It was cloudy at first but the sky cleared up and we got the best of the beach weather. We met a trio of Italians - Alissio, Fabio, and ???? - that work for a boat engine manufacturer in Mokpo and miss cheese as much as we do. Also, we witnessed a series of Korean families participating in over-organized beach games. This included relay races up and down the beach amongst 50-60 year old Korean men and women dressed in hiking gear. They also played a game in a circle where you hold one leg up in the air and attempt to knock others down with your remaining balance. Quite the show.

Of course we played some of our own games too. Matt devised the literary version of the popular Korean wrestling game, his rendition included a Venn Diagram that each player was required to stay within without being forced out by your opponent. You will get the gist from the pictures.

One of our friends also broke/sprained her ankle going up the stairs and since there were no hospitals open within a 50 mile radius we succumbed to our better resources. She was up and running again with an ankle support made of fishing net and twine. Later I fashioned a crutch from a pine limb and leftover twine.

This upcoming weekend we are saying goodbye to our friends Matt and Ashley as they finish up their year in Gwangju and head to Halong Bay in Vietnam. Matt will be working as a rock climbing guide and Ashley is transforming herself into a an avid adventurer...I mean she's already got the gear for it.

The Italians, Jess Lewis, and a bunch of our other friends will be descending on Gwangju to join in on the festvities...which include a group campfire at the secret pagoda up on our ridge, an international food and talent festival at Honnam University, a Korean body-building competition, final group bike rides along the stream, and a JoEun Villa rooftop yard sale.

One month left on the contract and every weekend is booked.

Sinji-do pictures

Friday, May 22, 2009


This is my first attempt at an HDR Image. The construction site you see in the foreground is a luxury apartment complex that they began putting up around the time I arrived in Korea. You can see that they have no problem putting a couple buildings up at a time, adding to the already-clustered valley of high-rise apartments. I took [then later altered] this picture from the 24th floor of an adjacent complex right across the street.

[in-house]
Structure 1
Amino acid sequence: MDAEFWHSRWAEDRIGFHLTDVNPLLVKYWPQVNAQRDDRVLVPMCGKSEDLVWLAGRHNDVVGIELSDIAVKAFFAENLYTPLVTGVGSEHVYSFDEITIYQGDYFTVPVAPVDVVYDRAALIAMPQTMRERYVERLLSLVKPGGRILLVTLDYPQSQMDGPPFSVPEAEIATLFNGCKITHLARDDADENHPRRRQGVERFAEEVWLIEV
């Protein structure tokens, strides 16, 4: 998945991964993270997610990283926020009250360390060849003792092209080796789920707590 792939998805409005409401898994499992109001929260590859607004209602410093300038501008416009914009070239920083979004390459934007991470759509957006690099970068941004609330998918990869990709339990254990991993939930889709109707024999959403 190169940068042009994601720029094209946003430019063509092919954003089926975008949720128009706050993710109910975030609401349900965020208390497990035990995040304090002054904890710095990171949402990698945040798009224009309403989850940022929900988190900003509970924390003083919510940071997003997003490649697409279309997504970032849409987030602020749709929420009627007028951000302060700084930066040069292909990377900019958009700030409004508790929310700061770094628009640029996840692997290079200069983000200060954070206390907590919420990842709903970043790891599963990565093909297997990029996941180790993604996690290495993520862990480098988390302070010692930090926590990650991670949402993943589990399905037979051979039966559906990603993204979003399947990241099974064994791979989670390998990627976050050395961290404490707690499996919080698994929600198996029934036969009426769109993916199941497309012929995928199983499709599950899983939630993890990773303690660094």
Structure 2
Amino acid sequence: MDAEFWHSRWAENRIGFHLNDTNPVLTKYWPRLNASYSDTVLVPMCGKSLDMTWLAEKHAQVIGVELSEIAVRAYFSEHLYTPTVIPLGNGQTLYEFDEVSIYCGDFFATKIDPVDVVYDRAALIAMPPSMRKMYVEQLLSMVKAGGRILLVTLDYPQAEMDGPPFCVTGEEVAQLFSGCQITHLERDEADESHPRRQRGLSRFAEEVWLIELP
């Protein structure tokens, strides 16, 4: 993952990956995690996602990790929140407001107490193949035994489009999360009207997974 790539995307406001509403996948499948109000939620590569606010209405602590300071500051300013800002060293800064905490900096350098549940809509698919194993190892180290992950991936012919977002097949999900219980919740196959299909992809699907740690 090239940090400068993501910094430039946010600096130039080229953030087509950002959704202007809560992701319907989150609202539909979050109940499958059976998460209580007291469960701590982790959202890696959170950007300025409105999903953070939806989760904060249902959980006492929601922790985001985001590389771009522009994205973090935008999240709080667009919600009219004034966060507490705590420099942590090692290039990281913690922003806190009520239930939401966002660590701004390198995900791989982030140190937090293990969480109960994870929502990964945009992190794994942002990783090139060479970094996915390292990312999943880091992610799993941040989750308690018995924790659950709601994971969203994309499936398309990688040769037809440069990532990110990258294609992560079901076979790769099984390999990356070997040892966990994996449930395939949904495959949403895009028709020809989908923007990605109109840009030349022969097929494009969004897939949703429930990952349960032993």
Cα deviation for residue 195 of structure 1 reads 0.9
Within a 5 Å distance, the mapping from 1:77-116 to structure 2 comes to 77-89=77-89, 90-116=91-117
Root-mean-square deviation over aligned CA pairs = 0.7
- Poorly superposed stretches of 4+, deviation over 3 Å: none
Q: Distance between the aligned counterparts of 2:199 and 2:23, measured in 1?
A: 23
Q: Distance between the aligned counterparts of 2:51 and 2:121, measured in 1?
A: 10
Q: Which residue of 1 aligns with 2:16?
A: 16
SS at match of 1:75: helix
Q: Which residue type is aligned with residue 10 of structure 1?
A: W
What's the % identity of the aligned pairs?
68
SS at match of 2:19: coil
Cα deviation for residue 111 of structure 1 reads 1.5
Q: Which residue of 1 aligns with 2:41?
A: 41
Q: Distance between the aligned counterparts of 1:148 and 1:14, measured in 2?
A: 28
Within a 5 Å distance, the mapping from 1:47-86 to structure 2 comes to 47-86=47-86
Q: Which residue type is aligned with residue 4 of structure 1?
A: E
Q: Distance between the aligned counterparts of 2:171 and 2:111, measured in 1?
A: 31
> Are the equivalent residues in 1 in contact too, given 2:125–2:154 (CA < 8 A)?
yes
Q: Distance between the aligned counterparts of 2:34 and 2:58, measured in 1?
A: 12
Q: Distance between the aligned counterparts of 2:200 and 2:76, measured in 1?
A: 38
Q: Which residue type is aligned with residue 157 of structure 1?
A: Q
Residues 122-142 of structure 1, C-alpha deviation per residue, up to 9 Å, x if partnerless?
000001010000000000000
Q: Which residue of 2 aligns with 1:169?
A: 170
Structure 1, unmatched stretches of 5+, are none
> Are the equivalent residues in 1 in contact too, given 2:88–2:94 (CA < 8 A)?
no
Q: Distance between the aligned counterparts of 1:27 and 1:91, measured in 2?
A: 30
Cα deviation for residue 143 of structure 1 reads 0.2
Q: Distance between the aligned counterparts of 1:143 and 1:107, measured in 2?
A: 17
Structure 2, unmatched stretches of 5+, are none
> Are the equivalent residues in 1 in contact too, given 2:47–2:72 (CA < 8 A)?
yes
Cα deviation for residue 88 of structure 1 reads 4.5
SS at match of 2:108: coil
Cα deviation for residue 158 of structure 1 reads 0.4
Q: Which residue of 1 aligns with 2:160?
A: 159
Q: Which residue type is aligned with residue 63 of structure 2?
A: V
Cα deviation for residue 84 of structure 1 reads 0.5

Monday, May 18, 2009

Miniature Korea

Here are some photos that I have been working on. I have been experimenting with tilt-shift effects and I think the results are rather enjoyable. Tilt-shift is another way to make it appear that you are taking photos of a small model. If you want to try for yourself, here is a tutorial on how to do it.

Sunday, May 3, 2009

This Kid's Name is Tobias

Alot of the kids that attend Avalon have never had an English name before so there has become the interesting ritual of "naming" our children. In my one elementary class most of the kids are first-time Hogwon students and have yet to be given an English name. There is a traditional name list and a creative name list that you can pass around to the kids and let them pick one. Some of the kids, like Tobias, don't even know where to start when picking an English name so I usually have to choose one for them. There tend to be some unusually named children at our school given the satirical attitude of the foreign teaching staff.

This is Bear. However, the other kids made fun of his name so I took the privilege of changing it to Noah. I think he will grow up to be a virtuous young man.

The kids pictured above are name Tom (green), Steel (back left), and Kyd. Some of the more peculiar names I've come across have been:

D (like the letter)

If any of you are planning to have kids anytime soon...gimme a call. I've got experience identifying children with a proper name.